T-Mobile recently took a big step, deciding to forgo the traditional subsidized contract model. Instead, they’ve taken a fresh approach to providing cellular service to the US… one that will define them moving forward. We were all excited when it happened, but waited patiently to see if it would really take hold.
We reached out to T-Mobile to find out just what all this meant for them, us as consumers, and their future. Not surprisingly, they were really excited about this ‘un-carrier’ approach, and seemed even more thrilled that we, as their customers, liked it.
Why did T-Mobile do this? Why ‘buck the trend’ and ditch the traditional subsidized model?
It was time for a change. The industry has evolved so much from a technology standpoint, and consumers clearly love what smartphones and other wireless devices can do for them. But while the technology has advanced, this industry has continued to cling to antiquated ways of doing business, from restrictive annual service contracts to ridiculous overages and fees on the data you use to limits on when you can upgrade to contracts that are almost indecipherable. None of it makes sense to customers, who have become very frustrated with the utility-like way in which the wireless industry conducts itself. So T-Mobile announced a series of moves to address consumer frustration with the unnecessary cost and complexity of wireless, including removing the requirement that customers sign annual service contracts.
You’ve seen an uptick in customers recently. Did you expect this much positive reaction?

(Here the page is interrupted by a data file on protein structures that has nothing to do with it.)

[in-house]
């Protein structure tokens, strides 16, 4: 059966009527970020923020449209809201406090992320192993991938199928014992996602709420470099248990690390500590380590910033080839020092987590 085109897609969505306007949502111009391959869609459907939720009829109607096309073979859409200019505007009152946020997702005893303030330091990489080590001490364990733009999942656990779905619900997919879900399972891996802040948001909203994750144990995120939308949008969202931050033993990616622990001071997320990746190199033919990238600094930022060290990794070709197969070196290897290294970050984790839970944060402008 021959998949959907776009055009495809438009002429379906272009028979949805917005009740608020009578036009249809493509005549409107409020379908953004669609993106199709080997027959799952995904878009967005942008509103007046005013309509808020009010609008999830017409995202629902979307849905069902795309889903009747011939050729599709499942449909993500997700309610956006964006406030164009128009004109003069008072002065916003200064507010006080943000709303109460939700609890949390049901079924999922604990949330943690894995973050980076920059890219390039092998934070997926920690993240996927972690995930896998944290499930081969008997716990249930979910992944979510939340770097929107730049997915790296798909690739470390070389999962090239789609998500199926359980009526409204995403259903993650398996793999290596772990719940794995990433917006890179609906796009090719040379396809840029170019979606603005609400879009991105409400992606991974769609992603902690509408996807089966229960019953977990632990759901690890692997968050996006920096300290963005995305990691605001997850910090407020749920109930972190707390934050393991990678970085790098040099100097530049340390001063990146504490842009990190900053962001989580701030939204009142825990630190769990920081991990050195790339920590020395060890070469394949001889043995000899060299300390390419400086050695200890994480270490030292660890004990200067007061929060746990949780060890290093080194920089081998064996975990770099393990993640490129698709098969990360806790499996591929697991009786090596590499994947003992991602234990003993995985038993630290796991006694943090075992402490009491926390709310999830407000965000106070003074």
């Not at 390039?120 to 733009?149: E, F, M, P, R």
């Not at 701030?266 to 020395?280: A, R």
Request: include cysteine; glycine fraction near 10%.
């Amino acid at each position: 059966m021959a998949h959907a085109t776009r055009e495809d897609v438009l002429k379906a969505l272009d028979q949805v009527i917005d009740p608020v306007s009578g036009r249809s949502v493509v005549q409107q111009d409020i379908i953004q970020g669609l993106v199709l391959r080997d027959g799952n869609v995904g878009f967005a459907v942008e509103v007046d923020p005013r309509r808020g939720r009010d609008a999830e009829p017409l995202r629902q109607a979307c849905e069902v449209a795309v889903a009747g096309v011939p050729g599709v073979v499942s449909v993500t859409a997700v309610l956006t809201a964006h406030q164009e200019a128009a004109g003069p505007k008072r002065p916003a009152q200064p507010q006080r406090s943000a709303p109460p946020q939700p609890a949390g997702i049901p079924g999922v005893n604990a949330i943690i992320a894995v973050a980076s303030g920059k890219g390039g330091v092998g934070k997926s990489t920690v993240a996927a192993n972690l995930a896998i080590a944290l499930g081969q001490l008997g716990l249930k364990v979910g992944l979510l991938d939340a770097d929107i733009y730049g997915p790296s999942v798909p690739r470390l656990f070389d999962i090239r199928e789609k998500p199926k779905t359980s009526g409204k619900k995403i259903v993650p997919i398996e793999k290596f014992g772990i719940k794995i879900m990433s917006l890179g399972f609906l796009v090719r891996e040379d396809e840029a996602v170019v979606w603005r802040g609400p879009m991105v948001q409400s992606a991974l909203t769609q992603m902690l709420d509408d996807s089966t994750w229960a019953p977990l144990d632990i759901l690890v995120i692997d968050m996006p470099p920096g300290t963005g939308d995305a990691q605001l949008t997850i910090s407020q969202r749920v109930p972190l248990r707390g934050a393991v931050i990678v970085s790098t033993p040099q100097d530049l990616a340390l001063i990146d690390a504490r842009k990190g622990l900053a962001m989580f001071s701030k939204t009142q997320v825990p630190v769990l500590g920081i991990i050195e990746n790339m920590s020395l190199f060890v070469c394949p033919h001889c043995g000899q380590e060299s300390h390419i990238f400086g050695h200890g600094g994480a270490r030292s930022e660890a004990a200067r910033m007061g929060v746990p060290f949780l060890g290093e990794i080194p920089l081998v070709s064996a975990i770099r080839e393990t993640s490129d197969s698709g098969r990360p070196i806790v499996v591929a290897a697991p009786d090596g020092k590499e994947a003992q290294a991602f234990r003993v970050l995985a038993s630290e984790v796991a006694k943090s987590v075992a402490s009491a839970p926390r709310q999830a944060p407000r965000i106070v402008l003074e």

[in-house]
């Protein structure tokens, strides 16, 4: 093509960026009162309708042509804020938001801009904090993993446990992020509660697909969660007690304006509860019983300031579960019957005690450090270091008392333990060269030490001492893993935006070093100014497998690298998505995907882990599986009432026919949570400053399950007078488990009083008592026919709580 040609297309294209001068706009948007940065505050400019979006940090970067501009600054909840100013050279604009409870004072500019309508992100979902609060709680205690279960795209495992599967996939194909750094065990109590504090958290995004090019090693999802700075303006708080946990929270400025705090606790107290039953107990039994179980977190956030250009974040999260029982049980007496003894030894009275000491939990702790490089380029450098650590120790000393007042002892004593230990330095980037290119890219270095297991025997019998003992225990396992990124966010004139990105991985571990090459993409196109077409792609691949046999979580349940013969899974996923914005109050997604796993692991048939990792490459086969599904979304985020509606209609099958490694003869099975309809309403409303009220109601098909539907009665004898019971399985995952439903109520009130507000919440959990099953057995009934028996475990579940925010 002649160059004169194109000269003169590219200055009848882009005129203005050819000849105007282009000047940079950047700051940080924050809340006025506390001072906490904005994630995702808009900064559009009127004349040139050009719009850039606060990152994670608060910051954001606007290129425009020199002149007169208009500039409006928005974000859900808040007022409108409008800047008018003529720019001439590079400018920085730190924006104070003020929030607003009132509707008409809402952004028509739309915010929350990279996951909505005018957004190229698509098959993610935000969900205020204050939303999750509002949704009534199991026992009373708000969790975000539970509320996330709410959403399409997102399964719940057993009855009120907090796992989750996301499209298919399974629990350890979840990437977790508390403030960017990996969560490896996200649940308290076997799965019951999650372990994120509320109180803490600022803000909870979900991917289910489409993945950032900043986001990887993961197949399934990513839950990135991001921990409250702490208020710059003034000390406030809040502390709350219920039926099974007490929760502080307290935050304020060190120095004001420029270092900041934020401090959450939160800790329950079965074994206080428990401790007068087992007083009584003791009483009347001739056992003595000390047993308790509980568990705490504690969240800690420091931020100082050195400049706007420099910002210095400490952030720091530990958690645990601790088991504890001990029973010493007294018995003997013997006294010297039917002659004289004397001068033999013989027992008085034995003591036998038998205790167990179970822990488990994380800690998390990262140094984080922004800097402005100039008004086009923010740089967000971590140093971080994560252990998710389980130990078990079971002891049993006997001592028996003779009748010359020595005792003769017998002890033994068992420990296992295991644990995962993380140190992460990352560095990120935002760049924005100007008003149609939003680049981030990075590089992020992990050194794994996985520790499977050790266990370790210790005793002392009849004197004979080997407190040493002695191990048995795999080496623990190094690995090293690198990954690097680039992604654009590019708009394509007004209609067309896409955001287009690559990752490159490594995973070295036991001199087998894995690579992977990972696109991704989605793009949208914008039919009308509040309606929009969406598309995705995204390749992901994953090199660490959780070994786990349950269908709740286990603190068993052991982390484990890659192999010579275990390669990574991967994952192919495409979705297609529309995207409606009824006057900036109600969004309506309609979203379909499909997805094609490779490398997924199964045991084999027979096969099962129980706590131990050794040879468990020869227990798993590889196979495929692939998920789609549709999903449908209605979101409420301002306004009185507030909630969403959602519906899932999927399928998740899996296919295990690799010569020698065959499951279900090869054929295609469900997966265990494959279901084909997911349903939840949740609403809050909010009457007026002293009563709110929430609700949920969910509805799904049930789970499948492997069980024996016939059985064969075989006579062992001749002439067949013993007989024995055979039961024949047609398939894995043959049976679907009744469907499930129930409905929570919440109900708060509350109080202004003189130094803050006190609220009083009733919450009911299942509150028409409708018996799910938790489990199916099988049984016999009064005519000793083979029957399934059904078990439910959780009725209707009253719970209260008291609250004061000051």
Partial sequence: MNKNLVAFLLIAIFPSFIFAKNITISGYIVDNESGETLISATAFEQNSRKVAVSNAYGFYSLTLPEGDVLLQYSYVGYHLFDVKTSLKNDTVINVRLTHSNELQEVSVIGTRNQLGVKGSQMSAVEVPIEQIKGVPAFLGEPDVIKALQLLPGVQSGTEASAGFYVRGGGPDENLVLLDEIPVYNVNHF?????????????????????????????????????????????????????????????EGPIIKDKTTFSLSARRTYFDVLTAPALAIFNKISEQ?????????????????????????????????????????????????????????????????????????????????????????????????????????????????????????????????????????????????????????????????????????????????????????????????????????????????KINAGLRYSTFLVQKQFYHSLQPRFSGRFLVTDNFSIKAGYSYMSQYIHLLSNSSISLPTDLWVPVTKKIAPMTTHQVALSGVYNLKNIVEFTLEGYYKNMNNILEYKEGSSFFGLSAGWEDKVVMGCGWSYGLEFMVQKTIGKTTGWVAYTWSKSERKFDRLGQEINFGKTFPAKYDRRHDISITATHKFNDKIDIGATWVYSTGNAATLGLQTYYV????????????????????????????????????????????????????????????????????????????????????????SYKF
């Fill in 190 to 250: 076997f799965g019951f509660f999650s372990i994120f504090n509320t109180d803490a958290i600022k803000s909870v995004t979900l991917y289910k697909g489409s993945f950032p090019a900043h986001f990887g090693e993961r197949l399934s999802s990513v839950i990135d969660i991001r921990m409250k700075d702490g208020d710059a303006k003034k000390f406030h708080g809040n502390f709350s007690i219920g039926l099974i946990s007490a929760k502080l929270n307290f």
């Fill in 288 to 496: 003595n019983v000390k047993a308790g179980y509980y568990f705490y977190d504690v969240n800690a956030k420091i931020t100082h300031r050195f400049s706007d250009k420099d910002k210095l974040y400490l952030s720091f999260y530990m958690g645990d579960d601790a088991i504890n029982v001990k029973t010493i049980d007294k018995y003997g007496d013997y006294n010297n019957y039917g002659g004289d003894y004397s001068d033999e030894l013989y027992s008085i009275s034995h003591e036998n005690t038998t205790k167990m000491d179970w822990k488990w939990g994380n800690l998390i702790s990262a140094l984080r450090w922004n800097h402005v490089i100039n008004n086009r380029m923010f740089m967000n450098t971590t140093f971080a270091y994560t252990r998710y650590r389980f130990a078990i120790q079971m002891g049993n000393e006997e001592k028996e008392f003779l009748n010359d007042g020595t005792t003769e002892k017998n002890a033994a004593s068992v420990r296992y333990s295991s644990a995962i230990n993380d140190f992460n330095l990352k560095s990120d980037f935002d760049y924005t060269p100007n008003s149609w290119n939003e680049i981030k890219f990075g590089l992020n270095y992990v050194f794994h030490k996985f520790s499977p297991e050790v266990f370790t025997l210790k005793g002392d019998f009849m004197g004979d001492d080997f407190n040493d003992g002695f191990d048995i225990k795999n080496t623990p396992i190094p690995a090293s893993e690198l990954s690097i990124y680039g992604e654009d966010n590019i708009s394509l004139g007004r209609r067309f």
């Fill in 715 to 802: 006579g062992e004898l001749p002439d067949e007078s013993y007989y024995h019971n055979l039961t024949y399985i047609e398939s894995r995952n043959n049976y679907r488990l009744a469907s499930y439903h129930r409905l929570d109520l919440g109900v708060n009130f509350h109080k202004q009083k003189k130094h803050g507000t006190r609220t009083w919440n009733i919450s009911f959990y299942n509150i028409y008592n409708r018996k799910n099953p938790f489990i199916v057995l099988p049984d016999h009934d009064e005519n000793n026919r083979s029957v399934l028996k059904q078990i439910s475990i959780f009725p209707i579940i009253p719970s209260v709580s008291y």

We couldn’t be more pleased with the response we’ve seen, which has actually exceeded our expectations. As word of what we were doing started to circulate, we saw a pretty solid increase in customer interest in T-Mobile.
It’s so different, and probably has some a bit confused. How are employees, on the store level, dealing with this?
No doubt, there will be some education involved. The industry has done a great job of convincing customers they’re actually buying their smartphones for $200 total when, in fact, the actual cost is just hidden in higher monthly wireless bills. We have a stronger story. When you sit down and do the math, it’s clear you can save hundreds of dollars with our approach compared to the traditional restrictive annual service contract model trumpeted by the competition.
Does this affect T-Mobile getting great devices?
Part of what we announced in New York was our commitment to provide customers with the lowest up-front costs on the most popular smartphones. Because T-Mobile is the only major U.S. wireless company to stop requiring consumers to sign annual service contracts, our customers have far more flexibility with how they buy and use wireless devices. That will drive demand, and device makers will want to have their product on our shelves.
We also announced that in the coming weeks, we will have several 4G LTE-capable devices available, including iPhone 5, Samsung Galaxy S 4, BlackBerry Z10, HTC One, and T-Mobile Sonic 2.0 Mobile HotSpot LTE – delivering on our promise to offer a diverse and amazing lineup of devices for our customers.
The T-Mobile merger with Metro PCS is still looming on the horizon. How does this new ‘un-carrier’ approach affect that?